Background: Microbial interactions shape the structure and function of microbial communities; microbial co-occurrence networks in specific environments have been widely developed to explore these complex systems, but their interconnection pattern across microbiomes in various environments at the global scale remains unexplored. Here, we have inferred an Earth microbial co-occurrence network from a communal catalog with 23,595 samples and 12,646 exact sequence variants from 14 environments in the Earth Microbiome Project dataset.
Results: This non-random scale-free Earth microbial co-occurrence network consisted of 8 taxonomy distinct modules linked with different environments, which featured environment specific microbial co-occurrence relationships. Different topological features of subnetworks inferred from datasets trimmed into uniform size indicate distinct co-occurrence patterns in the microbiomes of various environments. The high number of specialist edges highlights that environmental specific co-occurrence relationships are essential features across microbiomes. The microbiomes of various environments were clustered into two groups, which were mainly bridged by the microbiomes of plant and animal surface. Acidobacteria Gp2 and Nisaea were identified as hubs in most of subnetworks. Negative edges proportions ranged from 1.9% in the soil subnetwork to 48.9% the non-saline surface subnetwork, suggesting various environments experience distinct intensities of competition or niche differentiation.
Conclusion: This investigation highlights the interconnection patterns across microbiomes in various environments and emphasizes the importance of understanding co-occurrence feature of microbiomes from a network perspective.
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The study of microbial interactions tends to happen at one of two scales – the very small and the very large. This study uses the latter approach. We took a large dataset of microbial genetic data from a well curated source and used a bunch of math to figure out which microbes tend to occur in the same places.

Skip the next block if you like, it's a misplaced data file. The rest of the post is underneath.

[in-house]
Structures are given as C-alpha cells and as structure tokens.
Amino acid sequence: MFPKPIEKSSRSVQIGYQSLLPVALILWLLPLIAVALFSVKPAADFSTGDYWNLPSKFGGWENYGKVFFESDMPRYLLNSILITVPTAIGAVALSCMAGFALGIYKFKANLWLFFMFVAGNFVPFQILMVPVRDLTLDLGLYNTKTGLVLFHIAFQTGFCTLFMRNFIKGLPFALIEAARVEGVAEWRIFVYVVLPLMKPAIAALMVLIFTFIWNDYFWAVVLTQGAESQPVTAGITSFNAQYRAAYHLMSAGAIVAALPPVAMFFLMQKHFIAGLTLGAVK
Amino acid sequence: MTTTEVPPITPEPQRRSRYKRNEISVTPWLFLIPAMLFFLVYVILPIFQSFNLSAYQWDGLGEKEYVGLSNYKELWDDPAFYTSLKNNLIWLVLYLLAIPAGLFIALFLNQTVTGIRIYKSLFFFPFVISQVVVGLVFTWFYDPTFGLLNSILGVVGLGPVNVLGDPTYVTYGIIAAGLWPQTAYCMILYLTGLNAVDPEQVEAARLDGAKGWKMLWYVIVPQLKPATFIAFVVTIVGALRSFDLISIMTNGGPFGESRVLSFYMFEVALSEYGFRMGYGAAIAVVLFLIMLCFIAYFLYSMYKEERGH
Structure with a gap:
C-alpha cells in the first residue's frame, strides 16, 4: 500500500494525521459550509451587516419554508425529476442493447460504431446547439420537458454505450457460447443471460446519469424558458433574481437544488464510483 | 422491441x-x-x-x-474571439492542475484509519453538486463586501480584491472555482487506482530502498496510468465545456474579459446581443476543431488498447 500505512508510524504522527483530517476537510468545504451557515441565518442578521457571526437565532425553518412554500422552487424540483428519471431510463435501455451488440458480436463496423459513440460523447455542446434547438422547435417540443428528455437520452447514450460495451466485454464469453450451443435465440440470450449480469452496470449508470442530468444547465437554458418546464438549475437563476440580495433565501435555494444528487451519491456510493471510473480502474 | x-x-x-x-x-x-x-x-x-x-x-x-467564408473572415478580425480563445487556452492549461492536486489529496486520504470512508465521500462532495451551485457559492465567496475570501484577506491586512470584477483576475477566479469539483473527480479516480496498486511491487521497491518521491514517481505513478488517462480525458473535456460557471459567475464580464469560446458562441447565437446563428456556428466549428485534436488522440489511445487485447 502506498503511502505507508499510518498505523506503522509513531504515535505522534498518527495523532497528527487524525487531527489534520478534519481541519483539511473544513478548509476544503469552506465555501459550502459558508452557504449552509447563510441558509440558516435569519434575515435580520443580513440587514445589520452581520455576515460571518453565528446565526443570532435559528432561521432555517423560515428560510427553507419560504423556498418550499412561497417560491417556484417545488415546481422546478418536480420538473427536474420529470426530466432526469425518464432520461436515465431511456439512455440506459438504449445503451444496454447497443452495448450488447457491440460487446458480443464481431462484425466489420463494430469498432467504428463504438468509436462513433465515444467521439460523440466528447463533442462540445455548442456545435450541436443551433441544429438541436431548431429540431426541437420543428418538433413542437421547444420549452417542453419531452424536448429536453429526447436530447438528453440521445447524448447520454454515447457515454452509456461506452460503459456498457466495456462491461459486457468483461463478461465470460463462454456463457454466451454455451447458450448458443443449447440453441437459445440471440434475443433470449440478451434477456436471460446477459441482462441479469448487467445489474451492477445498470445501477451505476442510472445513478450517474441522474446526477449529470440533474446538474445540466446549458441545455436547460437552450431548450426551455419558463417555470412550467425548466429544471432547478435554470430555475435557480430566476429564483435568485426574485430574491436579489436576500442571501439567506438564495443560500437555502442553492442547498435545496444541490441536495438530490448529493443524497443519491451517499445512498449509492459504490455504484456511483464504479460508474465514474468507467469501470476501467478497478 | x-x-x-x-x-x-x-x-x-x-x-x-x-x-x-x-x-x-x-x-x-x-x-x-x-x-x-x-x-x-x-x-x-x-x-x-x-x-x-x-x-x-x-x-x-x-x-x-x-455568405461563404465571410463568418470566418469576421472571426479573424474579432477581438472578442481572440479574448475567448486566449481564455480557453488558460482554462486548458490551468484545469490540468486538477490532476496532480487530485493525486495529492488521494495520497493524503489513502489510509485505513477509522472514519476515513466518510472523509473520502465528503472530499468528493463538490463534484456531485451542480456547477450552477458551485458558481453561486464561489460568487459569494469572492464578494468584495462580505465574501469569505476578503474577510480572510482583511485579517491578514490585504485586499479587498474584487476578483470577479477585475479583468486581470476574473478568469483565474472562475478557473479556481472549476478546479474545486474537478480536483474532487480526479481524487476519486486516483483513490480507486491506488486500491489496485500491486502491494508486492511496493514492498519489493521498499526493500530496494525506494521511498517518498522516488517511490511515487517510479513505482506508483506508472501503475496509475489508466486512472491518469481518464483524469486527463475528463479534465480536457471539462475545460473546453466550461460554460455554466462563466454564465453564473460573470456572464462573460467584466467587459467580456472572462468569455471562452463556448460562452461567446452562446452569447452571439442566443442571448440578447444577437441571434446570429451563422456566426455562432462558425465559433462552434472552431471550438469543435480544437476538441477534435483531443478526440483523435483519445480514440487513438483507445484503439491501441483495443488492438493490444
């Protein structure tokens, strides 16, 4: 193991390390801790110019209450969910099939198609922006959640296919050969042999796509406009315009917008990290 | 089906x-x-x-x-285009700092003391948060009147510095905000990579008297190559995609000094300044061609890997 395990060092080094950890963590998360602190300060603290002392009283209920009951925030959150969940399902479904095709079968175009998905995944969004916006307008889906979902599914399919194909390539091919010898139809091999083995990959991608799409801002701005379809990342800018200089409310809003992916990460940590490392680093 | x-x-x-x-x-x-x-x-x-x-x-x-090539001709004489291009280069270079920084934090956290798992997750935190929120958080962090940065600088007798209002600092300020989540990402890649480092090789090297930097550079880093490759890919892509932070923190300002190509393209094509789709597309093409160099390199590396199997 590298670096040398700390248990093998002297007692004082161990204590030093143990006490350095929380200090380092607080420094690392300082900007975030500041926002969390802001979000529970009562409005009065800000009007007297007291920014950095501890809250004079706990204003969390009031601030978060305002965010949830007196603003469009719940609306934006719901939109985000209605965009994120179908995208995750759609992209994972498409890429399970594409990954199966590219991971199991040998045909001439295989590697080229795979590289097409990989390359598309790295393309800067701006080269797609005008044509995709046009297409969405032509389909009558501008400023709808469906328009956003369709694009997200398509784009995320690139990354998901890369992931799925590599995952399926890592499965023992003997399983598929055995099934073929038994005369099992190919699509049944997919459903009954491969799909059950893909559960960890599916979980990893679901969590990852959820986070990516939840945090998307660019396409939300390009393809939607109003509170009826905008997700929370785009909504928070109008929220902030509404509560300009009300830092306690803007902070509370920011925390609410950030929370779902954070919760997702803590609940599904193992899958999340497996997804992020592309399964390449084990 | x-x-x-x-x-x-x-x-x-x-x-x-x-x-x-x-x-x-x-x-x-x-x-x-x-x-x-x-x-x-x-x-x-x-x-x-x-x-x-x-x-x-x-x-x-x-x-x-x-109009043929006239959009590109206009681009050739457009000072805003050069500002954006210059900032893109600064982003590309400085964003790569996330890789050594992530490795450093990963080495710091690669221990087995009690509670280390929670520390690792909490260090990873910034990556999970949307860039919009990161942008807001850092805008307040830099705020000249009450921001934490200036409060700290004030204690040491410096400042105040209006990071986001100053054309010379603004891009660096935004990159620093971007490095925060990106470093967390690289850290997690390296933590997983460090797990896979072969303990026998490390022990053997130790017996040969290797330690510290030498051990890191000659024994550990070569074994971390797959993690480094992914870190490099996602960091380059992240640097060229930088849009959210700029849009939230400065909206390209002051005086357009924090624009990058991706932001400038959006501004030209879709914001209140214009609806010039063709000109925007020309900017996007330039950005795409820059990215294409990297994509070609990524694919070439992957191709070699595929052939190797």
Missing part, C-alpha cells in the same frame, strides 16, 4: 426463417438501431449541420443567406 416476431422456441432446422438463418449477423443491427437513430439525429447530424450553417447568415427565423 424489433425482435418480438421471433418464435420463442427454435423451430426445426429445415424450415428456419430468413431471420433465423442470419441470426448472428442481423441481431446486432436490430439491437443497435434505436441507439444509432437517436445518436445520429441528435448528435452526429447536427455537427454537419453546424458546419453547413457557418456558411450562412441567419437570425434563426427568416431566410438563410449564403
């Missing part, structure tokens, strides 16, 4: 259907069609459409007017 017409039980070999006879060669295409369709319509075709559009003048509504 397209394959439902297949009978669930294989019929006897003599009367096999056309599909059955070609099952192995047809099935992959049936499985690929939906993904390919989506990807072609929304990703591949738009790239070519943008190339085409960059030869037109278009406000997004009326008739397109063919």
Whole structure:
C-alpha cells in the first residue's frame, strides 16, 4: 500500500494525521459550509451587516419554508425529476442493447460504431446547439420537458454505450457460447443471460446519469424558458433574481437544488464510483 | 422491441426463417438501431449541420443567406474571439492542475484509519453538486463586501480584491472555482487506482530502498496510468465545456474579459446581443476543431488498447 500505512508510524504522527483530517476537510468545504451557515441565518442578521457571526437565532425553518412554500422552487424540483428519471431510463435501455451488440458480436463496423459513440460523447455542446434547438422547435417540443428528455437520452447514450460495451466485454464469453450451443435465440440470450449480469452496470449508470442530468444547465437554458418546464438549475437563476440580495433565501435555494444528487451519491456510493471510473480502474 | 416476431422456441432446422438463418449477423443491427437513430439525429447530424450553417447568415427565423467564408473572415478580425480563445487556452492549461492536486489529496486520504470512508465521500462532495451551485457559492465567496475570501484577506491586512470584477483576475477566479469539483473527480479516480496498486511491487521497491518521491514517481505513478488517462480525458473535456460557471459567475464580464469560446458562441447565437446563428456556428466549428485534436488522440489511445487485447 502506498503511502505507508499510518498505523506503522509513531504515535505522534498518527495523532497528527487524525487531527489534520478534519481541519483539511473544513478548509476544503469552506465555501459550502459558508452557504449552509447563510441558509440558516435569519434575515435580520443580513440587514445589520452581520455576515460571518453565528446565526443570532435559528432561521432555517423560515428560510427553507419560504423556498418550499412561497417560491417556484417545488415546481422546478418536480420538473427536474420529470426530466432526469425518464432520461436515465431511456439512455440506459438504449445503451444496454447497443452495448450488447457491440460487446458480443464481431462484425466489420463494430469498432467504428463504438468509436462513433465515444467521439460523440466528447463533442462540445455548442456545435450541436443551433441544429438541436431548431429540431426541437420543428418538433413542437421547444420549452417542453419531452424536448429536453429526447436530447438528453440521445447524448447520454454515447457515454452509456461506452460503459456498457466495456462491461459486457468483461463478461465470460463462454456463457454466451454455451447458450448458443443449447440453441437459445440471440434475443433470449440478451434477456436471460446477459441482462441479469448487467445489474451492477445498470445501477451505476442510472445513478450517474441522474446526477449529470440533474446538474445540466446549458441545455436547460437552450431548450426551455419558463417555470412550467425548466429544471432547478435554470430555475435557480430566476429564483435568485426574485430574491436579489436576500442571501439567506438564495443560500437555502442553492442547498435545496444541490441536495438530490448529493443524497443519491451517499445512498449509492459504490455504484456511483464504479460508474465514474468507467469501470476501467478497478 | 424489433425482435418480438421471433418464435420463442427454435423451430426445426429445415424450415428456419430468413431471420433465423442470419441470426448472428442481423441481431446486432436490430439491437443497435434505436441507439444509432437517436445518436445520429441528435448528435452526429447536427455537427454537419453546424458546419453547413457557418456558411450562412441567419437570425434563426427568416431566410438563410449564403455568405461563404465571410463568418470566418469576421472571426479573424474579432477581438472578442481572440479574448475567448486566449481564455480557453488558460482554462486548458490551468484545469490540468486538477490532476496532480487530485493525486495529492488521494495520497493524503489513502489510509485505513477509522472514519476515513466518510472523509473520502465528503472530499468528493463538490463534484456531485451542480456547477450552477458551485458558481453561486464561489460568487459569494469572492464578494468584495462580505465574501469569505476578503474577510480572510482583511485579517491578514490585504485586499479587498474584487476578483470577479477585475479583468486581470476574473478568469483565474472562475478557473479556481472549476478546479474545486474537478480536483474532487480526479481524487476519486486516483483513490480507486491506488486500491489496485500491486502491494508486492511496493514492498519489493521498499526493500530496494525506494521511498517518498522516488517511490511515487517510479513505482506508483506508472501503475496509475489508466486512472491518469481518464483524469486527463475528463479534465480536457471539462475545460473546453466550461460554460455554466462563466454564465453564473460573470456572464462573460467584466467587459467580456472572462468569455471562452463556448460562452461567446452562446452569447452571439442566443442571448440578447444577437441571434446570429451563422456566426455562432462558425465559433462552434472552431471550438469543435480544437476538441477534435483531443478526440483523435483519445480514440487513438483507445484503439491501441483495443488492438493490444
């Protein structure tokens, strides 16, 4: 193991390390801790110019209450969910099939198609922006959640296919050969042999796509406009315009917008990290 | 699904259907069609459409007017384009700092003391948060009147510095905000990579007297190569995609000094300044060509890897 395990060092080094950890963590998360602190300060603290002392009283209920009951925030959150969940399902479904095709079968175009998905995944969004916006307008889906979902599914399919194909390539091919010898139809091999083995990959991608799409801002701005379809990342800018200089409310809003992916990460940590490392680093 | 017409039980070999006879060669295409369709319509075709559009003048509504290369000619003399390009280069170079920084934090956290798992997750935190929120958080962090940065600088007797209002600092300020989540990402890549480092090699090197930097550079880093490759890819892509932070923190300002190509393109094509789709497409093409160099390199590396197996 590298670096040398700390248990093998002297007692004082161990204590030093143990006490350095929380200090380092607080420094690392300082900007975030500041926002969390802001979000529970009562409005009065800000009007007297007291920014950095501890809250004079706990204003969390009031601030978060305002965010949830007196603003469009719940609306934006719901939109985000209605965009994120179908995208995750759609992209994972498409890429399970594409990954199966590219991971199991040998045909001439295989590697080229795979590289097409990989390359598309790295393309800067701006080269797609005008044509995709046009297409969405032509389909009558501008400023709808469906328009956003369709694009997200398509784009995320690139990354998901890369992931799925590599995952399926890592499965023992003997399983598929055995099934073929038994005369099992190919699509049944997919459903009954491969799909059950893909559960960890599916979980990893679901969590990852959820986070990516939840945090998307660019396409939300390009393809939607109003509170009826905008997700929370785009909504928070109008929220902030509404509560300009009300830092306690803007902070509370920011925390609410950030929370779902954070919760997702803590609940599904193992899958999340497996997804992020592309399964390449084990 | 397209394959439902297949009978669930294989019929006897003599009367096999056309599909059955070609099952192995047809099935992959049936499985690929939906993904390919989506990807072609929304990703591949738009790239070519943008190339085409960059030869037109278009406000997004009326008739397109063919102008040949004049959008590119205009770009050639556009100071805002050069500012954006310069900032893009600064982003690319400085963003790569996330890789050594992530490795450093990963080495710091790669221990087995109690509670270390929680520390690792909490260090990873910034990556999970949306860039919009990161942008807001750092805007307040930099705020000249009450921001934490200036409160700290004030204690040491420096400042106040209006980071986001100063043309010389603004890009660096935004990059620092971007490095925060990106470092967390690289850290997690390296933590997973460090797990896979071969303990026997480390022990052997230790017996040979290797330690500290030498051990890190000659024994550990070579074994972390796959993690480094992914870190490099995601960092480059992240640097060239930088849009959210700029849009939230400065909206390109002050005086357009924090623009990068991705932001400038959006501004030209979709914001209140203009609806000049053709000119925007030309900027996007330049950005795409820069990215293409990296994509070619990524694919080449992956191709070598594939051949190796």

What do the results mean?
The results show a ‘scale free network’ of co-occurrences. This means that a small number of microbes have the bulk of the connections and the rest have very few connections. You could compared it to the 1%/99% economic disparity. Microbial networks are inherently biased.
Environment is an important determinant of both the presence of certain microbes and how they interact with others. Much like your local neighbourhood, different kinds of people live in different towns/suburbs/apartment blocks and the type of environment you live in affects how you interact with your neighbours. It’s perfectly normal for masses of people to congregate every night in my Chinese apartment complex’s plaza until quite late. It would be strange to do that in suburban Australia.
More microbes tend to have special interactions with their neighbours than general interactions. This means that rather than a one size fits all approach, microbes are cultivating special relationships with their connected neighbours.
Aside from just being pretty cool, this kind of analysis is an important technique for classifying microbial data. We have so much genetic data but so little taxonomic data and it’s useful to have different techniques to sort out who’s talking to who.